Constructor con2=c.getConstructor();
            People p2=(People) con2.newInstance();
            Method m= c.getMethod("setName", String.class);//Reflection gets the setName method
            m.invoke(p2,"like");//p2.setName()
            Method m1= c.getMethod("getName");//Get getName method from reflection
            System.out.println(m1.invoke(p2));

            //Attribute reflection
            Constructor con3=c.getConstructor();
            People p3=(People) con3.newInstance();
            Field[] fs=c.getDeclaredFields();//Show all fields c.getFields() shows non private fields
            Arrays.asList(fs).forEach(f->System.out.println(f.getName()));
            //Reflection field
            Field f=c.getDeclaredField("name");//Because the property: name is private, this function does not have access to private properties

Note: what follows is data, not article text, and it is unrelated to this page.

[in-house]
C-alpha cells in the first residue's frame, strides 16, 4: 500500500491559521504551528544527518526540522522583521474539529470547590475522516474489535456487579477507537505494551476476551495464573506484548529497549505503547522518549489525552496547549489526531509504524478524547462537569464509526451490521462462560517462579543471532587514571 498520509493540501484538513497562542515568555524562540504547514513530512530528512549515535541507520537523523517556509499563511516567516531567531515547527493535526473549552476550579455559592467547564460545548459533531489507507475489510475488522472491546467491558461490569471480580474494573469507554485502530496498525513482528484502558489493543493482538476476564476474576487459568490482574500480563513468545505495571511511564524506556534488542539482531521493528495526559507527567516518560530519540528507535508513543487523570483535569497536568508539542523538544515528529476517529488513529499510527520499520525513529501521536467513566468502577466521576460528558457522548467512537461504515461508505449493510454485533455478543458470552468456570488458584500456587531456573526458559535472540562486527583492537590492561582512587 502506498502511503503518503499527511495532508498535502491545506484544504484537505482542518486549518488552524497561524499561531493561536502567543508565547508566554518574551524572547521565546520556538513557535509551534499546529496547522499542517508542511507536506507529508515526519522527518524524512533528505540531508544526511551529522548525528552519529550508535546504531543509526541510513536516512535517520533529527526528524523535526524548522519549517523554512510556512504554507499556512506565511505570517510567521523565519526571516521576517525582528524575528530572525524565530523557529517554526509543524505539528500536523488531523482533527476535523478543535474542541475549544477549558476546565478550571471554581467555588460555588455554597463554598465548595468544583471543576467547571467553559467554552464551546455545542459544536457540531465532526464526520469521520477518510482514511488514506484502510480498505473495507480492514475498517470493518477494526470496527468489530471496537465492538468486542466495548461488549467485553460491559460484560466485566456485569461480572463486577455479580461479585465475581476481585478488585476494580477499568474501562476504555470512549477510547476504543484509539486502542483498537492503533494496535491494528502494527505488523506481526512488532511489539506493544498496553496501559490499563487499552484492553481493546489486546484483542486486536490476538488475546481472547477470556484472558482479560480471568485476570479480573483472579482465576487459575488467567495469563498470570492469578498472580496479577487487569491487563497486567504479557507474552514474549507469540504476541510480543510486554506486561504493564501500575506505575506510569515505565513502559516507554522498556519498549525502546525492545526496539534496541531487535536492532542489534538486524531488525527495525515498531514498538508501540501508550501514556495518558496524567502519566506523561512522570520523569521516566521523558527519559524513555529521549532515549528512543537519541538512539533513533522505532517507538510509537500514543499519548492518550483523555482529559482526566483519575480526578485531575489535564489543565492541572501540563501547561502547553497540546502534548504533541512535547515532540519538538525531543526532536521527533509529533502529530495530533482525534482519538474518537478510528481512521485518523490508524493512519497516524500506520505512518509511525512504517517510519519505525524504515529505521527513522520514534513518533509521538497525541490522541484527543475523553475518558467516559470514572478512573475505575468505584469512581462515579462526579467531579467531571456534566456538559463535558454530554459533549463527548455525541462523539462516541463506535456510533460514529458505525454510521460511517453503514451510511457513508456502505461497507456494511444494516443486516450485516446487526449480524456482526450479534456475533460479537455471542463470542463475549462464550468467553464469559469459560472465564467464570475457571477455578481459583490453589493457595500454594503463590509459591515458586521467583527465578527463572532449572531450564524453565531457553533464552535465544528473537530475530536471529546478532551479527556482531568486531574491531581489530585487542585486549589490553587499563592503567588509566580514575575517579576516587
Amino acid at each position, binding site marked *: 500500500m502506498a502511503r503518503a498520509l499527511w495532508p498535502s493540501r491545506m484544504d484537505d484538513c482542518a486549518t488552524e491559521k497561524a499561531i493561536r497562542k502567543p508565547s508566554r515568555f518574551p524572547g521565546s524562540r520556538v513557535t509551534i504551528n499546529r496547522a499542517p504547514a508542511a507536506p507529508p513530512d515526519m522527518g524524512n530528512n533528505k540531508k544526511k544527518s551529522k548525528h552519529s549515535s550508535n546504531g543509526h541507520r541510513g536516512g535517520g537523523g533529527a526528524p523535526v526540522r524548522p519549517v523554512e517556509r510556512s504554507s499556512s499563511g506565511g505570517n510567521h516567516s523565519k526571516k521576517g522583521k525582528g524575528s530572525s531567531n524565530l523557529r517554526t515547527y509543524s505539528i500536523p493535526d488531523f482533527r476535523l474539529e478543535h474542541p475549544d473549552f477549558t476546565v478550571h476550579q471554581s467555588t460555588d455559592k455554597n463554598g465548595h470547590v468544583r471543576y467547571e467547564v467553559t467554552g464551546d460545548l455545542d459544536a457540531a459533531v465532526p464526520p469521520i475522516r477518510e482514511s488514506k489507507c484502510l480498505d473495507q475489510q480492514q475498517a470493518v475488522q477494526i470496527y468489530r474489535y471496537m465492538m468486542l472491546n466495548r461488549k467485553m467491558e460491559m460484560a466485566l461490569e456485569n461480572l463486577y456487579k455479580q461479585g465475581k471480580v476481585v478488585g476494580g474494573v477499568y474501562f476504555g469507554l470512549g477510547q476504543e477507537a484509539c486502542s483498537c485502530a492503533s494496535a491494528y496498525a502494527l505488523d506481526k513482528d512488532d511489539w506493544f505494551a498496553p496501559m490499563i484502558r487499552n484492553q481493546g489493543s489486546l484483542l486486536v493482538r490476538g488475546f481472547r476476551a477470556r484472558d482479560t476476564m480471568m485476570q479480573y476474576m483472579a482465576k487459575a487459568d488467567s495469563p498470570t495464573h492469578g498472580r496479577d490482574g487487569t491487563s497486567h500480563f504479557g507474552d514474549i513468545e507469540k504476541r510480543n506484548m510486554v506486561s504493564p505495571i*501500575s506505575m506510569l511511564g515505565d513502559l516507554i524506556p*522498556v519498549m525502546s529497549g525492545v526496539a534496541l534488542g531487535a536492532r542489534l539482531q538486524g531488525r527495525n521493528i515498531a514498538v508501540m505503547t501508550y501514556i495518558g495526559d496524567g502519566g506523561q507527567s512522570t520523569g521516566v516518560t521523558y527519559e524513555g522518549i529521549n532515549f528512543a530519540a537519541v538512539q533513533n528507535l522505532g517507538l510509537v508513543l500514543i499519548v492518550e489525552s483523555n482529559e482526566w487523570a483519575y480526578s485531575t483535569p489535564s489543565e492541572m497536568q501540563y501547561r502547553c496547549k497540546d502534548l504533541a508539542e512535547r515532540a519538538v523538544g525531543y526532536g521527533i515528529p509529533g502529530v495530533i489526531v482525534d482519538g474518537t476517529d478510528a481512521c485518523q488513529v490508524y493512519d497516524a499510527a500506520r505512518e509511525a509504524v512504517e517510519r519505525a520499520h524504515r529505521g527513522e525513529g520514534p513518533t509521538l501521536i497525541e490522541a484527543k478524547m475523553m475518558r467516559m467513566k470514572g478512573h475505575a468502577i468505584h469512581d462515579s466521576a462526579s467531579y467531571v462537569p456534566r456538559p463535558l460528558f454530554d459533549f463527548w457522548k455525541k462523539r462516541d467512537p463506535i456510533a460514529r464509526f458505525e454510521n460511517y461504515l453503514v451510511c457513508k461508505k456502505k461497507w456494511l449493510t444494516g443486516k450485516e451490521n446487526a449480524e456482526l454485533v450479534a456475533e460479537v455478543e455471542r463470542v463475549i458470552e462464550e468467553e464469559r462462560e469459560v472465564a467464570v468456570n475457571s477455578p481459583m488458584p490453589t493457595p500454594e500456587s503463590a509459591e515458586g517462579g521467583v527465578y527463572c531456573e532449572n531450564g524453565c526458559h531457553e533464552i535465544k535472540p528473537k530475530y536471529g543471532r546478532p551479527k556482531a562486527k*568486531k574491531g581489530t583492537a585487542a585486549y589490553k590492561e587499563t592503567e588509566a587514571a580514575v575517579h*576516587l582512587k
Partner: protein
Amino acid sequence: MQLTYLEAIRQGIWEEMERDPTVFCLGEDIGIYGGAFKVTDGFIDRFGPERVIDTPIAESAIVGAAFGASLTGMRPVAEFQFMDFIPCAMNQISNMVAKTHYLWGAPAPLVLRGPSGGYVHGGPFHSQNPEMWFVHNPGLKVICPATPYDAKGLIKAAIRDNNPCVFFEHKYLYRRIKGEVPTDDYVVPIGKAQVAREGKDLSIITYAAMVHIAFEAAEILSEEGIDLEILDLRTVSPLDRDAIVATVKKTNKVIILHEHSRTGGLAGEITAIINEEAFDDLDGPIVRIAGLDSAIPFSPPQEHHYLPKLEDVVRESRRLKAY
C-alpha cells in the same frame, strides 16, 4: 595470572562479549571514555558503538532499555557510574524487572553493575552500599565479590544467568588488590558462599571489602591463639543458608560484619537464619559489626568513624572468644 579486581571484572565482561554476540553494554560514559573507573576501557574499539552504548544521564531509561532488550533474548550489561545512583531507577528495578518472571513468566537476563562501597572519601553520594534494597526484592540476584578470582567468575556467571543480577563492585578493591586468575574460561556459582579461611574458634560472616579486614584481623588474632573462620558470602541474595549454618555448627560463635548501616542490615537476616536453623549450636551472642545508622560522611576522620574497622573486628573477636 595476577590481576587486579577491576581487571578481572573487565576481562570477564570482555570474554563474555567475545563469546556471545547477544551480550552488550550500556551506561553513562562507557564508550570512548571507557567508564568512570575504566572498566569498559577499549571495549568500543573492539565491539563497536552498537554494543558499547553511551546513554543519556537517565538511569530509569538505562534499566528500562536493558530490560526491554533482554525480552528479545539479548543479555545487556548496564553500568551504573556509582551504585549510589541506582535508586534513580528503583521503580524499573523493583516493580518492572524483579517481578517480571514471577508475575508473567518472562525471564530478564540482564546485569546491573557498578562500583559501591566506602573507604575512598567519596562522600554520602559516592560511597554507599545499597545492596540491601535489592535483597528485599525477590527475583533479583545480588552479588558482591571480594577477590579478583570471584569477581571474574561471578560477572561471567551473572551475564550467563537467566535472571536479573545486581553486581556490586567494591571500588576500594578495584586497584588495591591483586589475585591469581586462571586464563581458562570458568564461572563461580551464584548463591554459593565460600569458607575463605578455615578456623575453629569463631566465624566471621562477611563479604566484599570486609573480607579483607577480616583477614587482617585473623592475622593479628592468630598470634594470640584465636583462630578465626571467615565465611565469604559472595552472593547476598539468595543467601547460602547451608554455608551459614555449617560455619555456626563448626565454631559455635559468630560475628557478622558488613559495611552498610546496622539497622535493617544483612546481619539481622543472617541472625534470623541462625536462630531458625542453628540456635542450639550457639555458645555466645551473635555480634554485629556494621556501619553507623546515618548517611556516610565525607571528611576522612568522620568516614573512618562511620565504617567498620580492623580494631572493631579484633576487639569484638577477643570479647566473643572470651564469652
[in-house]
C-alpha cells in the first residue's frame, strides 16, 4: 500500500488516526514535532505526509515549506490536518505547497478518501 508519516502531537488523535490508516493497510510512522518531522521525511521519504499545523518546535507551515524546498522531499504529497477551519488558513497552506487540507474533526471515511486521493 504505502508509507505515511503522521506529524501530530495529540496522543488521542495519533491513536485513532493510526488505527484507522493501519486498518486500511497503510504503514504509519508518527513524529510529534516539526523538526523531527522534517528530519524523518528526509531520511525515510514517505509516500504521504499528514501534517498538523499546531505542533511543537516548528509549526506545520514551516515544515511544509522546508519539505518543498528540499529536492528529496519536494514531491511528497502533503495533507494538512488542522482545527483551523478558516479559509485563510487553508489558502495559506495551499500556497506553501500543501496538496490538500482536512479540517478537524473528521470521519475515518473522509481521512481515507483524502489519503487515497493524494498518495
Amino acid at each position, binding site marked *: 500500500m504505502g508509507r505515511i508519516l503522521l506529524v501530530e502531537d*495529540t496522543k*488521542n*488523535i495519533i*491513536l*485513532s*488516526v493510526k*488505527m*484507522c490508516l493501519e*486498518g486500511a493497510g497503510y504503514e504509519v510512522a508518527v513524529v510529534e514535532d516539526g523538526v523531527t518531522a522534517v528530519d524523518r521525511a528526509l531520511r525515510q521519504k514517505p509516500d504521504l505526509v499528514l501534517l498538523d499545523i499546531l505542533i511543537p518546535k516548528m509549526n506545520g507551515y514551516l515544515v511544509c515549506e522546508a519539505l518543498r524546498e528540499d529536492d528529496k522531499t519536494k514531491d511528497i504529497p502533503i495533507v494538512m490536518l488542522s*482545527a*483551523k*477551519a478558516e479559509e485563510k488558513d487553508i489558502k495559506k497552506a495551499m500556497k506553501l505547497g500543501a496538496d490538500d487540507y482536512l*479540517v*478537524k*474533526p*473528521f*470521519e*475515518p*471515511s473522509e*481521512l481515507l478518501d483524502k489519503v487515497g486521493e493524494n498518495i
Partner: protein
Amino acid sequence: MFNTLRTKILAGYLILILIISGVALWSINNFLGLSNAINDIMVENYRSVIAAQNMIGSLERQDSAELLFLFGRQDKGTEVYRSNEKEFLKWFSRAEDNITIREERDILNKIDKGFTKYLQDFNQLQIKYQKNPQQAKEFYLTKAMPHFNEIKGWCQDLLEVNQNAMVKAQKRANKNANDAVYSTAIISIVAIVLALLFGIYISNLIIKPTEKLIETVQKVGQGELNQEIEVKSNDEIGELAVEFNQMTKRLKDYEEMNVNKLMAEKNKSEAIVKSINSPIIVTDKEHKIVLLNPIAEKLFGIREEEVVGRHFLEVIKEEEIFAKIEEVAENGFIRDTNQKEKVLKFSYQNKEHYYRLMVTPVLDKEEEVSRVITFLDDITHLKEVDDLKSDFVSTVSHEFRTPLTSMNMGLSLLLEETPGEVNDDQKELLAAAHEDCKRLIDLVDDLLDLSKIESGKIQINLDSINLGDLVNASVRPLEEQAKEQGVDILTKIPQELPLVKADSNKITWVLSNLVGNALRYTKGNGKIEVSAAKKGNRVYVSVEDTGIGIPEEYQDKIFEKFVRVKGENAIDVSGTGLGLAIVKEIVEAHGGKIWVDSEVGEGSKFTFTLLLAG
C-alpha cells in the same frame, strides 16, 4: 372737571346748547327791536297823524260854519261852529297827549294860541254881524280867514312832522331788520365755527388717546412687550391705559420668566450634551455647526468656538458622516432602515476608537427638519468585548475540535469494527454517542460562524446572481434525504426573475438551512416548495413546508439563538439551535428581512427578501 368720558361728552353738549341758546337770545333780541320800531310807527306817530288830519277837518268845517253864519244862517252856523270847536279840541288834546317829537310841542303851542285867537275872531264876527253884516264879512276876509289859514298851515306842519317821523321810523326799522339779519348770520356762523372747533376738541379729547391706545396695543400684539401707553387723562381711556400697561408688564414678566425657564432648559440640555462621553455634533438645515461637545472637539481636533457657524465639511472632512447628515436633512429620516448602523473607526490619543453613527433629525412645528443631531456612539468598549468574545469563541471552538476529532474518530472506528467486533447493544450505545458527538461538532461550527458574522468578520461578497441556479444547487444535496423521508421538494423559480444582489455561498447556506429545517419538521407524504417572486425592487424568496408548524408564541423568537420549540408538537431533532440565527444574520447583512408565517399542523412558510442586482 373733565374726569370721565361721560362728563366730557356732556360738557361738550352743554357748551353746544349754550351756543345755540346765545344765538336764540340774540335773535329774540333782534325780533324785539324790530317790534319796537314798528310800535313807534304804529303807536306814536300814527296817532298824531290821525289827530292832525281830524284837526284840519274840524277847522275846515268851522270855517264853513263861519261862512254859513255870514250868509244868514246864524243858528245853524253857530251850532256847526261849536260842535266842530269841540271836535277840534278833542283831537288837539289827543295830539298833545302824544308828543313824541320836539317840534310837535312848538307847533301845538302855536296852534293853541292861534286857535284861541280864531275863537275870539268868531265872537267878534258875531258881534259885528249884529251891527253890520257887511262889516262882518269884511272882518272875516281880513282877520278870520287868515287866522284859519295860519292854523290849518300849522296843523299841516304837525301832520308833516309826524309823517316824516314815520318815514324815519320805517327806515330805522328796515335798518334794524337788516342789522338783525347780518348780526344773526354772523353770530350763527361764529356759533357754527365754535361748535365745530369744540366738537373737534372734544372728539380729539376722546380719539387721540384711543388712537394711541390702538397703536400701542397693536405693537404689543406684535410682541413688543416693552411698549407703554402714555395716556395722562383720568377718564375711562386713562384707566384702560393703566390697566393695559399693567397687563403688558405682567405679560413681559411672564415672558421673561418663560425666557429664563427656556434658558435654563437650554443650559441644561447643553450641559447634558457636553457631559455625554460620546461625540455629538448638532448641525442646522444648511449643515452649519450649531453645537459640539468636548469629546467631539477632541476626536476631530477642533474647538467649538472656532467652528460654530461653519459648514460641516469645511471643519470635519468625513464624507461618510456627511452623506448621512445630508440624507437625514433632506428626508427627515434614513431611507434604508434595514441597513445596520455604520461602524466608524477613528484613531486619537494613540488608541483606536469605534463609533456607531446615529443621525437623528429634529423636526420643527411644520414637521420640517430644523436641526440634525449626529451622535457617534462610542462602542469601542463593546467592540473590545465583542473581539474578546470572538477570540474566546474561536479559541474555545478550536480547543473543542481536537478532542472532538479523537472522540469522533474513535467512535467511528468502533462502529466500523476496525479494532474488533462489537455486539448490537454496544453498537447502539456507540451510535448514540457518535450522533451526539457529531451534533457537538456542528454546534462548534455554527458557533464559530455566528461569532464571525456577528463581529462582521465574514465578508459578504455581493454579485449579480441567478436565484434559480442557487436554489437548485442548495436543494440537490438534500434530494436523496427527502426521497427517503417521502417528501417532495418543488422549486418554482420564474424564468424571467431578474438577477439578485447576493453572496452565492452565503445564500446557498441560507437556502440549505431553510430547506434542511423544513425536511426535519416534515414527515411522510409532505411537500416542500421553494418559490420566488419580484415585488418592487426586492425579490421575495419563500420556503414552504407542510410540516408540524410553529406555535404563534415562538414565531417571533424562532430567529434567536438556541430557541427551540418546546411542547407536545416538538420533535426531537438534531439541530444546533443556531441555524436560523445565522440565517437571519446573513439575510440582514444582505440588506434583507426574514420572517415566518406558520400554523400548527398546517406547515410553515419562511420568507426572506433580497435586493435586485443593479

f.setAccessible(true);//Give access
            f.set(p,"like");
            System.out.println(f.get(p));


          //Reflection array
            Object o =Array.newInstance(String.class,5);//  String []a=new String[5];
            Array.set(o,0,"awsl");
            Array.set(o,1,"yyds");
            Array.set(o,2,"hust");
            Array.set(o,3,"comq");
            System.out.println(Array.get(o,3));


            //Reflection annotation
            Class cq=People.class;//And Class c=Class.forName("zxc.People"); One meaning
            Field fsq[]=cq.getDeclaredFields();
            for(Field fq:fsq){
                if(fq.isAnnotationPresent(Column.class)){
                    Column cl=fq.getAnnotation(Column.class);
                    if(cl.value().equals("user name"));
                    System.out.println(cl);
                }
            }


        } catch (Exception e) {
            e.printStackTrace();
        }
    }

Tags: Java Spring RESTful

Posted on Tue, 28 Sep 2021 20:22:59 -0400 by adrianuk29